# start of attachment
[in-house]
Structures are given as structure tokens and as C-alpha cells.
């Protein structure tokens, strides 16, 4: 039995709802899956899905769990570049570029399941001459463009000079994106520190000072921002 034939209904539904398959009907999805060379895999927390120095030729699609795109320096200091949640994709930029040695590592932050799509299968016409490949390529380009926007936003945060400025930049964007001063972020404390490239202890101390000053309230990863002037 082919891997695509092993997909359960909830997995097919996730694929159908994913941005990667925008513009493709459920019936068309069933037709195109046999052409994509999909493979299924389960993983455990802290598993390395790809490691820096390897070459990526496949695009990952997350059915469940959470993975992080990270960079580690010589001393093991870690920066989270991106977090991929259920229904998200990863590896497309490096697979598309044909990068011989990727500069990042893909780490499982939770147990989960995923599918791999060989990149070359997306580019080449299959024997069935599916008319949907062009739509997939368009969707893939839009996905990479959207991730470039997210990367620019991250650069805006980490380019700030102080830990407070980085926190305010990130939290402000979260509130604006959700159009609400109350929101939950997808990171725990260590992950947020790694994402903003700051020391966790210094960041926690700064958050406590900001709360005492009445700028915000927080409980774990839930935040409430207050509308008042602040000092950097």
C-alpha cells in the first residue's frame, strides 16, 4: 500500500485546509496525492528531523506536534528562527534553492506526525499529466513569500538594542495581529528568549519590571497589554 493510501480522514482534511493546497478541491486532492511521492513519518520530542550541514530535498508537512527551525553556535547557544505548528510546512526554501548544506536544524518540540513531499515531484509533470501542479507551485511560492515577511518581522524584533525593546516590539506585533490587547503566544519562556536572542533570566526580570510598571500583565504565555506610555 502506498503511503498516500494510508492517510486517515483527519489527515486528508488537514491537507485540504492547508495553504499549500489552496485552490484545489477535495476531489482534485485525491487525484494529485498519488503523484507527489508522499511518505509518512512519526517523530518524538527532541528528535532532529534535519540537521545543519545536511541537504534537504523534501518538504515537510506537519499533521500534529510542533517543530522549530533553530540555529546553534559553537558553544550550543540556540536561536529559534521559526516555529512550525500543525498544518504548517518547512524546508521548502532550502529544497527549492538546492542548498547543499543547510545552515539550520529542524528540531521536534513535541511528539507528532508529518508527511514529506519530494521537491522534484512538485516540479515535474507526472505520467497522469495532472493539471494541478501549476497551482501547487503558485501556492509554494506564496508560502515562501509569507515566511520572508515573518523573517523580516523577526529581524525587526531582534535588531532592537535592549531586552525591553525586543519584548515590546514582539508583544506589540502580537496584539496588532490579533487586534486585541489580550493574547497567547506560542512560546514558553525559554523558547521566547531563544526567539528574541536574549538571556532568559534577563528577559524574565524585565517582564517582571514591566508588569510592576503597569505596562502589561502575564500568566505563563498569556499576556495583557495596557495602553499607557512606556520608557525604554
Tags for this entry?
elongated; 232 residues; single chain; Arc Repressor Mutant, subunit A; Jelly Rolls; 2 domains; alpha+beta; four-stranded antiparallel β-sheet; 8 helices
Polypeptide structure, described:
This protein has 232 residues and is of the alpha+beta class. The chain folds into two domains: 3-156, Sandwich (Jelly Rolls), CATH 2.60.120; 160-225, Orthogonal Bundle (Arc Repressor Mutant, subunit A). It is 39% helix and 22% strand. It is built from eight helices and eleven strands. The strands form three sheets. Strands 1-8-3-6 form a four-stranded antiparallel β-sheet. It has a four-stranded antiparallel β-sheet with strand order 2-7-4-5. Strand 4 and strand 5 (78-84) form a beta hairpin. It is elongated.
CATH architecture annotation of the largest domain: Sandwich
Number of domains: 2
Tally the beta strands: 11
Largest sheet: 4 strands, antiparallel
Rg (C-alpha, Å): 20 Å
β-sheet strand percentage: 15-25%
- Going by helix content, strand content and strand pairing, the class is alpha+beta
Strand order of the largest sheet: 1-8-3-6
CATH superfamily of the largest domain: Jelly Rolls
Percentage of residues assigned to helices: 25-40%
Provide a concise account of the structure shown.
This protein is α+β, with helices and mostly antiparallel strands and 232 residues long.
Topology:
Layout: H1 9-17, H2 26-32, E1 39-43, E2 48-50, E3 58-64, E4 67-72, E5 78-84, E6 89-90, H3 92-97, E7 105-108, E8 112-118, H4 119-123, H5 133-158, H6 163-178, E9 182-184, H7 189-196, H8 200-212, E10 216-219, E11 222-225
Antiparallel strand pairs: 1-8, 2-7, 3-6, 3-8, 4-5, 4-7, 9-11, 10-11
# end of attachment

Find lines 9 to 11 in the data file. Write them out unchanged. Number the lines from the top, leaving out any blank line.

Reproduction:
CATH architecture annotation of the largest domain: Sandwich
Number of domains: 2
Tally the beta strands: 11